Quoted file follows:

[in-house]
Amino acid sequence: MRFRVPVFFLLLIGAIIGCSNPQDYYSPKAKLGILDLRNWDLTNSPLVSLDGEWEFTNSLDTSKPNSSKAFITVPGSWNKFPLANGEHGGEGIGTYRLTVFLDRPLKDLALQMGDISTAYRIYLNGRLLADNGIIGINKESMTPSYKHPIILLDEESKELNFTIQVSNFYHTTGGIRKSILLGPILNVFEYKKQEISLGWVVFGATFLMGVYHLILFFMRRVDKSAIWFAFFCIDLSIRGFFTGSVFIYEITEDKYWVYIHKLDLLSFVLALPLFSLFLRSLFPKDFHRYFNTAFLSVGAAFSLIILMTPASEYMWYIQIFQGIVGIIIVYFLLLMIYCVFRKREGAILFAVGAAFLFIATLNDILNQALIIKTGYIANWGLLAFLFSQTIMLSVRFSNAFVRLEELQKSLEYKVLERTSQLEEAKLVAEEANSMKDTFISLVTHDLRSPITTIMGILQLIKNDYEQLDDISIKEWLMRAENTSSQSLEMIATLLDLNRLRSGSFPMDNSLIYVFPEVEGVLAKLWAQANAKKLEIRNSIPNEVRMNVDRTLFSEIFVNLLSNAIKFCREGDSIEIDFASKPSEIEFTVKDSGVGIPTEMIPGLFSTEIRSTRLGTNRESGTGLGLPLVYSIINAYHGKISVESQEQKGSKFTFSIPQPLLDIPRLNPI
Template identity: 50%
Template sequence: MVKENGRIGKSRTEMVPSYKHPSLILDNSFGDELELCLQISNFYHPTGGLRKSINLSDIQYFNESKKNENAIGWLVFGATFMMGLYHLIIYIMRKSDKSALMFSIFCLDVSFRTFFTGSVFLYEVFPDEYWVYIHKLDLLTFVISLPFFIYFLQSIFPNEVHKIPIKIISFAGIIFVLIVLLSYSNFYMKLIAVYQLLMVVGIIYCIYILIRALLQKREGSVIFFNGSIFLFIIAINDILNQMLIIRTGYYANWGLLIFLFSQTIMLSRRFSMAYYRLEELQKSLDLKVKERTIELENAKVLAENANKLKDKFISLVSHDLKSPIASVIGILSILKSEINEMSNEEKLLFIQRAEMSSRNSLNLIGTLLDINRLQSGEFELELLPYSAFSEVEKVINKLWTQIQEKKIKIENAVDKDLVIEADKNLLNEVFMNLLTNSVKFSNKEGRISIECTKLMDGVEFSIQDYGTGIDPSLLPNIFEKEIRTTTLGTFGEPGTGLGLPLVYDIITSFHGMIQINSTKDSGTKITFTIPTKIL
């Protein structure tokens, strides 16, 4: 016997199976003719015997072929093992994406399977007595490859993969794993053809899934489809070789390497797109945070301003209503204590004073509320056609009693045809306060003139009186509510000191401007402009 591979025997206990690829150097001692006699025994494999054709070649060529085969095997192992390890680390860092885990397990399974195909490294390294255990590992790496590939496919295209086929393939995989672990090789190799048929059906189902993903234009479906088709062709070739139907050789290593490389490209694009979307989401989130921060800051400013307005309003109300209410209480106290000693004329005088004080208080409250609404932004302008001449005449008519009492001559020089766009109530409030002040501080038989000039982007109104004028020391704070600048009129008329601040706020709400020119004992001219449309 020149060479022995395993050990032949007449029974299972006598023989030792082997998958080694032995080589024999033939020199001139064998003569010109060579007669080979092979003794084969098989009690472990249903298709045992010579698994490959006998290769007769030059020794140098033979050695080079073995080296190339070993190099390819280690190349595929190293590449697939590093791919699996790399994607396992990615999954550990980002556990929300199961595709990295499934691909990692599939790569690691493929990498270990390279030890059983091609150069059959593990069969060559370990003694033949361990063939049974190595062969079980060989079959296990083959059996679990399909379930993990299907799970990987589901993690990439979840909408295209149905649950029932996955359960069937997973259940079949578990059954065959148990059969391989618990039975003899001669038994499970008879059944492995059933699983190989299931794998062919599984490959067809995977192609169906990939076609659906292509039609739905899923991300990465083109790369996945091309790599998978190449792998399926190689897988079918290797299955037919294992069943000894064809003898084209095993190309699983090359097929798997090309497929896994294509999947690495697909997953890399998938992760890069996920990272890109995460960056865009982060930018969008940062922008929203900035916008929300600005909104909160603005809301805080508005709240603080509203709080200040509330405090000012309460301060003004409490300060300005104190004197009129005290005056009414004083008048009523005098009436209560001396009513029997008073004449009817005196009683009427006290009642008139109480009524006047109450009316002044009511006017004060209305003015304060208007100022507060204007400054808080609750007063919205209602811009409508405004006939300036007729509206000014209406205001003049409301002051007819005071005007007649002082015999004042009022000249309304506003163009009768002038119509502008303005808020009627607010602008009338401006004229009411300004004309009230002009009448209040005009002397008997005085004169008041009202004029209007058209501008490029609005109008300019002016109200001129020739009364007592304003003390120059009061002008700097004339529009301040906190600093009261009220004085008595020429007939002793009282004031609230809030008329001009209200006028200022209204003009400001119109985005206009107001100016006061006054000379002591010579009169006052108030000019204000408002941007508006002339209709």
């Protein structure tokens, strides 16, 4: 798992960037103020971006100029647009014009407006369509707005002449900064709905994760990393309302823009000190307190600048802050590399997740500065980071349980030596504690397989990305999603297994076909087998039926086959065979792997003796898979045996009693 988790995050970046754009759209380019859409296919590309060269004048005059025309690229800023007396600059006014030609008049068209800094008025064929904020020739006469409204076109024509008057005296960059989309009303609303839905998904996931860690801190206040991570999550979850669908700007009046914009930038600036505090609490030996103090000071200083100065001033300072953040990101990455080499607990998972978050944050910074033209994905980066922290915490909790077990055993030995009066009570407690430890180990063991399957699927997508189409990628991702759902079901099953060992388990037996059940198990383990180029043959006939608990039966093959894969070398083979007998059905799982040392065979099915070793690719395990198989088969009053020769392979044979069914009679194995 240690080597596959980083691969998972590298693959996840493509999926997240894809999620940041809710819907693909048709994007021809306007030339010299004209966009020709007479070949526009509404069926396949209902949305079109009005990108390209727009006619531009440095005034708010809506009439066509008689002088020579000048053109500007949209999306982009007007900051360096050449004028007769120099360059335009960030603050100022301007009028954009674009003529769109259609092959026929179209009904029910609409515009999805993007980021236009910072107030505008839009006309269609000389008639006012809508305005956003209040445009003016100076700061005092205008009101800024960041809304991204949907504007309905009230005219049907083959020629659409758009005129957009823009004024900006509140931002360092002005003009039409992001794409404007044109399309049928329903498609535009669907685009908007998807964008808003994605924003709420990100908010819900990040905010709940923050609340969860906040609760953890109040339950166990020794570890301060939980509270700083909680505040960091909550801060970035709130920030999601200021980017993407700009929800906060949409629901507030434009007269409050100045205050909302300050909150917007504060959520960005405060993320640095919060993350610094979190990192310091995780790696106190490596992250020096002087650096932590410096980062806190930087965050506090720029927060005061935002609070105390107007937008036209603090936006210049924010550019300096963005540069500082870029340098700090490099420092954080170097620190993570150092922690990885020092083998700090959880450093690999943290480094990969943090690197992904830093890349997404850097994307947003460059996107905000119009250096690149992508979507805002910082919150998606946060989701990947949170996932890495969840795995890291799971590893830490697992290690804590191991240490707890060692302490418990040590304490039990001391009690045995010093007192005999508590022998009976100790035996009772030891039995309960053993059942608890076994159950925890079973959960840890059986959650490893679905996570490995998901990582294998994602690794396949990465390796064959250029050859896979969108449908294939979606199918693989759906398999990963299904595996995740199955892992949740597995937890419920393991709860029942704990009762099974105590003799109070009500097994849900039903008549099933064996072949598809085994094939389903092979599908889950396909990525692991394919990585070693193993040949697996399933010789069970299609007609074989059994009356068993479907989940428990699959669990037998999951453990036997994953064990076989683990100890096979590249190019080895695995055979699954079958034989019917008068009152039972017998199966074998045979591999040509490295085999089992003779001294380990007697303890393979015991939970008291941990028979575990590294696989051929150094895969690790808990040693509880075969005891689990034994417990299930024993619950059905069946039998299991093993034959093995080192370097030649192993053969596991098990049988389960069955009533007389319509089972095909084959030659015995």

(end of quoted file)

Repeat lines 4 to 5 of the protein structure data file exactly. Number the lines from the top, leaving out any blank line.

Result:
Template sequence: MVKENGRIGKSRTEMVPSYKHPSLILDNSFGDELELCLQISNFYHPTGGLRKSINLSDIQYFNESKKNENAIGWLVFGATFMMGLYHLIIYIMRKSDKSALMFSIFCLDVSFRTFFTGSVFLYEVFPDEYWVYIHKLDLLTFVISLPFFIYFLQSIFPNEVHKIPIKIISFAGIIFVLIVLLSYSNFYMKLIAVYQLLMVVGIIYCIYILIRALLQKREGSVIFFNGSIFLFIIAINDILNQMLIIRTGYYANWGLLIFLFSQTIMLSRRFSMAYYRLEELQKSLDLKVKERTIELENAKVLAENANKLKDKFISLVSHDLKSPIASVIGILSILKSEINEMSNEEKLLFIQRAEMSSRNSLNLIGTLLDINRLQSGEFELELLPYSAFSEVEKVINKLWTQIQEKKIKIENAVDKDLVIEADKNLLNEVFMNLLTNSVKFSNKEGRISIECTKLMDGVEFSIQDYGTGIDPSLLPNIFEKEIRTTTLGTFGEPGTGLGLPLVYDIITSFHGMIQINSTKDSGTKITFTIPTKIL
């Protein structure tokens, strides 16, 4: 016997199976003719015997072929093992994406399977007595490859993969794993053809899934489809070789390497797109945070301003209503204590004073509320056609009693045809306060003139009186509510000191401007402009 591979025997206990690829150097001692006699025994494999054709070649060529085969095997192992390890680390860092885990397990399974195909490294390294255990590992790496590939496919295209086929393939995989672990090789190799048929059906189902993903234009479906088709062709070739139907050789290593490389490209694009979307989401989130921060800051400013307005309003109300209410209480106290000693004329005088004080208080409250609404932004302008001449005449008519009492001559020089766009109530409030002040501080038989000039982007109104004028020391704070600048009129008329601040706020709400020119004992001219449309 020149060479022995395993050990032949007449029974299972006598023989030792082997998958080694032995080589024999033939020199001139064998003569010109060579007669080979092979003794084969098989009690472990249903298709045992010579698994490959006998290769007769030059020794140098033979050695080079073995080296190339070993190099390819280690190349595929190293590449697939590093791919699996790399994607396992990615999954550990980002556990929300199961595709990295499934691909990692599939790569690691493929990498270990390279030890059983091609150069059959593990069969060559370990003694033949361990063939049974190595062969079980060989079959296990083959059996679990399909379930993990299907799970990987589901993690990439979840909408295209149905649950029932996955359960069937997973259940079949578990059954065959148990059969391989618990039975003899001669038994499970008879059944492995059933699983190989299931794998062919599984490959067809995977192609169906990939076609659906292509039609739905899923991300990465083109790369996945091309790599998978190449792998399926190689897988079918290797299955037919294992069943000894064809003898084209095993190309699983090359097929798997090309497929896994294509999947690495697909997953890399998938992760890069996920990272890109995460960056865009982060930018969008940062922008929203900035916008929300600005909104909160603005809301805080508005709240603080509203709080200040509330405090000012309460301060003004409490300060300005104190004197009129005290005056009414004083008048009523005098009436209560001396009513029997008073004449009817005196009683009427006290009642008139109480009524006047109450009316002044009511006017004060209305003015304060208007100022507060204007400054808080609750007063919205209602811009409508405004006939300036007729509206000014209406205001003049409301002051007819005071005007007649002082015999004042009022000249309304506003163009009768002038119509502008303005808020009627607010602008009338401006004229009411300004004309009230002009009448209040005009002397008997005085004169008041009202004029209007058209501008490029609005109008300019002016109200001129020739009364007592304003003390120059009061002008700097004339529009301040906190600093009261009220004085008595020429007939002793009282004031609230809030008329001009209200006028200022209204003009400001119109985005206009107001100016006061006054000379002591010579009169006052108030000019204000408002941007508006002339209709």